USAMRDC, Law Enforcement Team for Trauma Care Training
Medical instruction staff with the U.S. Army Medical Research and Development Command held a safety training exercise with members of the Frederick County Sheriff's Office at Fort Detrick on May 24. The event, which focused chiefly on the tactical treatment of gunshot wounds, was designed to provide attendees the knowledge required to provide immediate, point-of-care treatment in cases of penetrating wounds and, additionally, possibly resulting incidents of severe hemorrhage.
"The country sheriff reached out to see if we provided training for these types of situations," said Joe Ogershok, a former Army Special Forces medic and the current senior trainer at USAMRDC and Fort Detrick, noting Command leadership was eager to help supplement the training of local law enforcement. "My goal was to take basic combat casualty care techniques and turn the program into a four hour class for law enforcement."
The course itself – specifically titled "Tactical Field Treatment of Gunshot Wounds" – was led by Sgt. 1st Class Dan McGarrah, a medic by trade who combined anecdotes from his personal military experience (including two tours of duty and nearly one thousand patients treated for trauma) with basic tenets of casualty care. Among the variety of topics covered included the importance of stopping bleeding as fast as possible, the practical use and application of tourniquets, and even concepts related to the immediate care of blunt trauma and blast injuries. The half-dozen representatives from the sheriff's office further practiced a number of trauma care techniques on manikins specifically used for such training.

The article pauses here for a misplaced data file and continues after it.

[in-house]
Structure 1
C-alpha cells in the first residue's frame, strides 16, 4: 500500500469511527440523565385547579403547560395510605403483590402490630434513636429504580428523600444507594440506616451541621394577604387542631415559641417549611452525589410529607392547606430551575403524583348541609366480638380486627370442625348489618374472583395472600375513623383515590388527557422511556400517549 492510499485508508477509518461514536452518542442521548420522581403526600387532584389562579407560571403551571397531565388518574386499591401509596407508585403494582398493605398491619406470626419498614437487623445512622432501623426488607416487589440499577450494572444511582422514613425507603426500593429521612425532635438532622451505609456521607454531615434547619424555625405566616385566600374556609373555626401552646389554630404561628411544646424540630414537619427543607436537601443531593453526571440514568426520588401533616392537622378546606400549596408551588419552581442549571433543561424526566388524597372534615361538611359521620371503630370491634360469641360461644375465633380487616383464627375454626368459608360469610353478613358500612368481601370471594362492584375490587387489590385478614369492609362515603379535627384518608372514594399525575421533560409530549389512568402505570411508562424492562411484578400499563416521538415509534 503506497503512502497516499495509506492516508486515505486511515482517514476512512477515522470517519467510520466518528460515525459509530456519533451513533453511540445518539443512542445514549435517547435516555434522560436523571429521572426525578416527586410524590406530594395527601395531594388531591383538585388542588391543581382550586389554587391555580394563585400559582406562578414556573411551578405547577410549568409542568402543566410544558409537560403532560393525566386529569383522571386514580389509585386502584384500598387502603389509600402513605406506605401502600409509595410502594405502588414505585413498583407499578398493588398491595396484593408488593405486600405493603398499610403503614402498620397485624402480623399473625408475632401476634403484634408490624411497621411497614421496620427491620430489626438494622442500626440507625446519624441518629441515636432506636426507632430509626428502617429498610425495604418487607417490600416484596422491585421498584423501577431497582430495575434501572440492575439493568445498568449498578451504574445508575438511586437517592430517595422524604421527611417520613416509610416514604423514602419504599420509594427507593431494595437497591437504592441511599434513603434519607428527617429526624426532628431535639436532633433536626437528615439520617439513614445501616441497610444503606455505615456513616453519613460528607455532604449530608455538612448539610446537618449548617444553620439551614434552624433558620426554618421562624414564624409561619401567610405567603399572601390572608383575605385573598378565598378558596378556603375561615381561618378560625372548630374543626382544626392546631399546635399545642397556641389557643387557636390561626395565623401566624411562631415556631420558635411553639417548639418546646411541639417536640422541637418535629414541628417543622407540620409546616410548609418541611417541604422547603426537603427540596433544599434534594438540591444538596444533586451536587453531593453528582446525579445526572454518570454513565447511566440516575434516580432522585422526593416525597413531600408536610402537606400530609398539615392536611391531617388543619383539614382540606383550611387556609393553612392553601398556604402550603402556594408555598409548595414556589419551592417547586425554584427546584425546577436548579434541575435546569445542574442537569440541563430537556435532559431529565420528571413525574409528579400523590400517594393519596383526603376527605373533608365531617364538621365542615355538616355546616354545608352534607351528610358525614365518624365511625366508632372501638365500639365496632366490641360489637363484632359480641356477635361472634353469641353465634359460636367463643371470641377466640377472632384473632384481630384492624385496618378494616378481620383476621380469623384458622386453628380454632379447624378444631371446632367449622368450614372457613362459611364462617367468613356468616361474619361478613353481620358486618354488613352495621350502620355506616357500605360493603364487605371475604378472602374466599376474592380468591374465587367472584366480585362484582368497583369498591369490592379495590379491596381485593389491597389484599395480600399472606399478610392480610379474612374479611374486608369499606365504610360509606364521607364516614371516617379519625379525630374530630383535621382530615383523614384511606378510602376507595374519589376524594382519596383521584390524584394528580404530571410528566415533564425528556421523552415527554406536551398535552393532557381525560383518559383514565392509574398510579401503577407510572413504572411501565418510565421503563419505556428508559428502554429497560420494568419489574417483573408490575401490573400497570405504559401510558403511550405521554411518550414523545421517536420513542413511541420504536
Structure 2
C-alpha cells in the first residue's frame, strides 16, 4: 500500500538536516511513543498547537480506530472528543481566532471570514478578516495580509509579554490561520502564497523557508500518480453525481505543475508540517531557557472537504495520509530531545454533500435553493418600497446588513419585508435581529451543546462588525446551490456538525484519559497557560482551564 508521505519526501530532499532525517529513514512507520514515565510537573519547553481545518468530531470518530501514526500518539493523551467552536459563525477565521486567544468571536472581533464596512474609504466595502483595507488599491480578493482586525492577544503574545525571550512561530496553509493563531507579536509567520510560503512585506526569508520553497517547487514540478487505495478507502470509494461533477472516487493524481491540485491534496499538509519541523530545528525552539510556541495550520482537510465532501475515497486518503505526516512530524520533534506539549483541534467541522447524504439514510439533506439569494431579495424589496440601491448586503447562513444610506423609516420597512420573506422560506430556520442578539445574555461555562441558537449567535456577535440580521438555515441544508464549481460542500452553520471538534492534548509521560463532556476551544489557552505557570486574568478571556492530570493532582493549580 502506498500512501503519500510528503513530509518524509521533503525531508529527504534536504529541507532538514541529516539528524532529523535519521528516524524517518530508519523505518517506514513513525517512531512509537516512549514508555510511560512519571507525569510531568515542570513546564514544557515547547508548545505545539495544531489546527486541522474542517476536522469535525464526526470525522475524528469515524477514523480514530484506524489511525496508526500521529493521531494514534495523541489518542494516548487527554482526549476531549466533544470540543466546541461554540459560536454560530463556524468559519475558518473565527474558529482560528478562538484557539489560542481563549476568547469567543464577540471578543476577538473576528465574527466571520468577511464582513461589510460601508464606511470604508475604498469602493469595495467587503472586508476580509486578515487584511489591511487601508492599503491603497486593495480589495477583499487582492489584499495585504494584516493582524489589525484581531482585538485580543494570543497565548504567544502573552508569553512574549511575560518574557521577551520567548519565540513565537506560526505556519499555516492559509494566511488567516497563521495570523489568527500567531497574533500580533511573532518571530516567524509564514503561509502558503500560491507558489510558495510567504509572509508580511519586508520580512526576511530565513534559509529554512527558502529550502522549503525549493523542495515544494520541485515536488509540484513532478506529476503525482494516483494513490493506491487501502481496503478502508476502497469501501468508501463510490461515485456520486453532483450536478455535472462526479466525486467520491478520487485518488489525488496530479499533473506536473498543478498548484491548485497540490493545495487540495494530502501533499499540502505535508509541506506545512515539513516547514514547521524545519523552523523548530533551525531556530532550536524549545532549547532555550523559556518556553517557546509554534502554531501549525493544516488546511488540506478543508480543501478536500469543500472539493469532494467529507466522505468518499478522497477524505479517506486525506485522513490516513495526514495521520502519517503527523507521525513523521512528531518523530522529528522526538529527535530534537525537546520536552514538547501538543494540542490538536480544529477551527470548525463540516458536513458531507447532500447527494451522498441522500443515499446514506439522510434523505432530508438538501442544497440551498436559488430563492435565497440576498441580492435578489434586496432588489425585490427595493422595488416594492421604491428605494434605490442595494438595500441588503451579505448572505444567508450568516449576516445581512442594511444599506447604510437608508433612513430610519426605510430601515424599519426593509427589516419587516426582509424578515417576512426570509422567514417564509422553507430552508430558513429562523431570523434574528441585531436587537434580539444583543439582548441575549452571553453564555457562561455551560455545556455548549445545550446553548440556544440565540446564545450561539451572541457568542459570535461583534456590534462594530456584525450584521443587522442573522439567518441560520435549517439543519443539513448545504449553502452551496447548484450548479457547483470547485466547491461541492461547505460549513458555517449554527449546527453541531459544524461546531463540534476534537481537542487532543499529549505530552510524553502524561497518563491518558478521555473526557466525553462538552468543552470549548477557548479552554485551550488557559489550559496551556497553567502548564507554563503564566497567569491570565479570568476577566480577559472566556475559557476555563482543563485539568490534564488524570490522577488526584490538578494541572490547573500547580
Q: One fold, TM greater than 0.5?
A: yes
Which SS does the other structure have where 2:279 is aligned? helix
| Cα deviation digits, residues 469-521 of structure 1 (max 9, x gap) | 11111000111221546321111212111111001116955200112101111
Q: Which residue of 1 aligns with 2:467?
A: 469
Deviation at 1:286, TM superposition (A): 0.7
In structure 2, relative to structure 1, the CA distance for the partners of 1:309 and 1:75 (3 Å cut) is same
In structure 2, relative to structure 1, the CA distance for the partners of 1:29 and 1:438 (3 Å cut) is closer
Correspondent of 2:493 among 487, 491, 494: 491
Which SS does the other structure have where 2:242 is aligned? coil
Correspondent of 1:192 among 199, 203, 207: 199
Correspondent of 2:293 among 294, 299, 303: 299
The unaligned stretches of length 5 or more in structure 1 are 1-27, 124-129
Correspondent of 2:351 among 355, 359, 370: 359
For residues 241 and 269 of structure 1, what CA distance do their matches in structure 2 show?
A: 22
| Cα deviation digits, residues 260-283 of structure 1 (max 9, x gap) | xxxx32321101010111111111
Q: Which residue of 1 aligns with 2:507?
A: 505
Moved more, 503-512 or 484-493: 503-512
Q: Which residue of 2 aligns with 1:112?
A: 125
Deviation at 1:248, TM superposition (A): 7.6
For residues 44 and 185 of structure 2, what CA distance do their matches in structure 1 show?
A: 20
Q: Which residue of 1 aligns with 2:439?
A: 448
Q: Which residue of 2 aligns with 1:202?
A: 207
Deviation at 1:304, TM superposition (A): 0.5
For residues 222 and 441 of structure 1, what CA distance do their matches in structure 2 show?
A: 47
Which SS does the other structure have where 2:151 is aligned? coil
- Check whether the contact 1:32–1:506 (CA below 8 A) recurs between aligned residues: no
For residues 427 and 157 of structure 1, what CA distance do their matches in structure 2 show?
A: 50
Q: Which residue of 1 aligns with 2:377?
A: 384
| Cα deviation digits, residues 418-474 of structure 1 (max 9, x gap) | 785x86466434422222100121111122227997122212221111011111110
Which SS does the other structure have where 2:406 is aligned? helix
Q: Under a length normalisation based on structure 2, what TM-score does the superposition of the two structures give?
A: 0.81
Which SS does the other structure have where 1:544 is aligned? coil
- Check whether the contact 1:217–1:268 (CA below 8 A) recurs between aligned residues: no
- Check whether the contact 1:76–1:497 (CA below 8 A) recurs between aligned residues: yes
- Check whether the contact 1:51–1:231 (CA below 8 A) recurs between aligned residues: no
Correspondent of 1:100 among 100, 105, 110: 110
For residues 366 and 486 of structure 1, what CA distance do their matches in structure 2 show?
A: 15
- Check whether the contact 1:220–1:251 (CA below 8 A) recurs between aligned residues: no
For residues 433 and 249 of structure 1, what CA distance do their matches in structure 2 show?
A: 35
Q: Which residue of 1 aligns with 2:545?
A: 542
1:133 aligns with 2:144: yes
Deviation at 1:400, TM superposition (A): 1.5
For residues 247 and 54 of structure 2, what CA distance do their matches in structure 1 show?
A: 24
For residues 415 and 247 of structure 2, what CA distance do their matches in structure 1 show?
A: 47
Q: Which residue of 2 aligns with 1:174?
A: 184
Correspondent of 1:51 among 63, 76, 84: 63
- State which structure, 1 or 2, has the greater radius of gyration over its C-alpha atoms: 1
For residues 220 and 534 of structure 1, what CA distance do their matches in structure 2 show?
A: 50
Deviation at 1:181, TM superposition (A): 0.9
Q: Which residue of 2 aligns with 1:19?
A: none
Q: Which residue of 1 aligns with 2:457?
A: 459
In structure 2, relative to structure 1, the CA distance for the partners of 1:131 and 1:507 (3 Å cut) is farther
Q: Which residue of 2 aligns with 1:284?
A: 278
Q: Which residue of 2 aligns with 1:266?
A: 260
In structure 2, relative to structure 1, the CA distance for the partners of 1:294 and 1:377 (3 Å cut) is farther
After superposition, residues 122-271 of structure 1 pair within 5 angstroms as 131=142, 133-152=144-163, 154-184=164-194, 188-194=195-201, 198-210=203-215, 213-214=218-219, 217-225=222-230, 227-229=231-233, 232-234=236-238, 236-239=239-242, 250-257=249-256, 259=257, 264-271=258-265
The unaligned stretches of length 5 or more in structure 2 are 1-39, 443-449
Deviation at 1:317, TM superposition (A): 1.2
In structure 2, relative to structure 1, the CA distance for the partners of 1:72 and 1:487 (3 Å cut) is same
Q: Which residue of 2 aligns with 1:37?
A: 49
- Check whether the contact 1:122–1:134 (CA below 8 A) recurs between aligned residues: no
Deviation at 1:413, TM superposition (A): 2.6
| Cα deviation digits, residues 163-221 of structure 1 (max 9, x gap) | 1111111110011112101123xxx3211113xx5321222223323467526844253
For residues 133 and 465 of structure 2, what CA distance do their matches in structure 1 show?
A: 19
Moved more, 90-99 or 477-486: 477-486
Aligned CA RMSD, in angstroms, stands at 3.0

Among the key takeaways from the exercise, McGarrah routinely asserted the importance of timeliness in addressing incidents of hemorrhage, noting that on the battlefield, 90% of all deaths occur before a casualty reaches a medical treatment facility – while upwards of 60% of all preventable deaths across the country are the result of from extremity hemorrhage.
"If you can apply pressure, you can help a great deal [because] you want to keep that good, warm blood circulating in the body," said McGarrah. "I'm big on buddy aid, but self-aid is important too – you need to learn how to treat yourself."
"The faster you can get a tourniquet on, the faster you're going to stop the bleed," said FCSO Cpl. Jeremy Kretinsger, noting during an open discussion period that deputies carry both tourniquets and chest seals during calls as a matter of protocol.
The training event took place only a few days after the annual Peace Officers Memorial Day on May 15, and further serves as an example of the enduring cooperation between both USAMRDC and Fort Detrick, and the Frederick County Sheriff's Office.